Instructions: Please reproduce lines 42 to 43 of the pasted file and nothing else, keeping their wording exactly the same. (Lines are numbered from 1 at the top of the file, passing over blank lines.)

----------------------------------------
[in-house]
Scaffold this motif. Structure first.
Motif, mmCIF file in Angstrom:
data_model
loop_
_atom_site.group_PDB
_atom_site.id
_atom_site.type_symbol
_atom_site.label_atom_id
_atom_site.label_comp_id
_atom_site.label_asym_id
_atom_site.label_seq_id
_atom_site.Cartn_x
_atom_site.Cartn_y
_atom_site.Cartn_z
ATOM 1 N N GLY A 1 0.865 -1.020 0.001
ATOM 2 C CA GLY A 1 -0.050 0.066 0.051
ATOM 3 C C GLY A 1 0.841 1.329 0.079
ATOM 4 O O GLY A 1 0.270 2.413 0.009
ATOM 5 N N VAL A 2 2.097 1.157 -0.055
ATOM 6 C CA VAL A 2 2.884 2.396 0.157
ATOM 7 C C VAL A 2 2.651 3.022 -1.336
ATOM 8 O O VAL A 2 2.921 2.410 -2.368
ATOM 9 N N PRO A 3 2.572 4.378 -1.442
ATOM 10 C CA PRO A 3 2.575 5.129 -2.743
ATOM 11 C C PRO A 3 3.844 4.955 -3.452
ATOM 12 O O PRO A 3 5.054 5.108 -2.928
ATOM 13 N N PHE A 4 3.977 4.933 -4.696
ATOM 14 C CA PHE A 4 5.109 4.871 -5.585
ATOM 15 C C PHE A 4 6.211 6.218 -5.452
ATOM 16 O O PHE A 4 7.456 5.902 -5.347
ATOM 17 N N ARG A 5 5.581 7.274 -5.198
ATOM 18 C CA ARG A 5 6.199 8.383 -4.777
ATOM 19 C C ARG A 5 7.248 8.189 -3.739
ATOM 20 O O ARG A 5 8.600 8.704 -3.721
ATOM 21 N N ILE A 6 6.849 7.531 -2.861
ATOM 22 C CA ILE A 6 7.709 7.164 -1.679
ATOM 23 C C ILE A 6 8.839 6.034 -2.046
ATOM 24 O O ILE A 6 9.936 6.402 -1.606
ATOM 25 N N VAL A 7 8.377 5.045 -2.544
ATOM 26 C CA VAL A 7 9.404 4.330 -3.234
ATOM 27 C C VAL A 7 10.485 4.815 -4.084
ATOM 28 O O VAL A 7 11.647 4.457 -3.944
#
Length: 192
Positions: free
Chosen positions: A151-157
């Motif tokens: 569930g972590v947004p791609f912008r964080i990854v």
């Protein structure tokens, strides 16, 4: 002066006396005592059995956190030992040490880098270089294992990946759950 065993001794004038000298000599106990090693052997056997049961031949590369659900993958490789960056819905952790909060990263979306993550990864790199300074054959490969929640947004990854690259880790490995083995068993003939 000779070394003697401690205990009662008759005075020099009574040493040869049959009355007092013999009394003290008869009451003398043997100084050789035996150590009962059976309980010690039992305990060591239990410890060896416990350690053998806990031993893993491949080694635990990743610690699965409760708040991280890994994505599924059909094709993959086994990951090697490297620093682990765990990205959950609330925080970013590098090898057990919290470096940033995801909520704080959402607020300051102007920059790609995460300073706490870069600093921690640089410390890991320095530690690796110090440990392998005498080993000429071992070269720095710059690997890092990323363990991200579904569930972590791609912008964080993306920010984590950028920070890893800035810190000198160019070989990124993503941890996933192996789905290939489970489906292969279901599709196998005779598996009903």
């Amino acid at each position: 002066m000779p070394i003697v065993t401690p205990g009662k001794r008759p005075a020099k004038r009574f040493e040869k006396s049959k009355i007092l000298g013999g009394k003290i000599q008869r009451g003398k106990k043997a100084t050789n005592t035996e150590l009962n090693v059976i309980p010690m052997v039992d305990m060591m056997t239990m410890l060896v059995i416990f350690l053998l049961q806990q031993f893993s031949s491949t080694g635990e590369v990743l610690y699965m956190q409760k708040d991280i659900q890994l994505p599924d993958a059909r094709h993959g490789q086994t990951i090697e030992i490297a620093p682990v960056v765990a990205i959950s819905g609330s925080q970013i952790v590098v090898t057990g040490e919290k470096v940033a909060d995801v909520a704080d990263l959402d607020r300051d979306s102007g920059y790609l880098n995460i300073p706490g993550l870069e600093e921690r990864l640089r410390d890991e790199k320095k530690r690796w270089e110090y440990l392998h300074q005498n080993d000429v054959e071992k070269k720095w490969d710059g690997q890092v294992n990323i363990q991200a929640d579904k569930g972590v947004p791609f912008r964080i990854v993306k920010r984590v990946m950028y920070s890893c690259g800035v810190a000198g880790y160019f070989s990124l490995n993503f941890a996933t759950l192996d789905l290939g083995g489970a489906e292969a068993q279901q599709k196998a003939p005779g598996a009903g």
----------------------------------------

ATOM 27 C C VAL A 7 10.485 4.815 -4.084
ATOM 28 O O VAL A 7 11.647 4.457 -3.944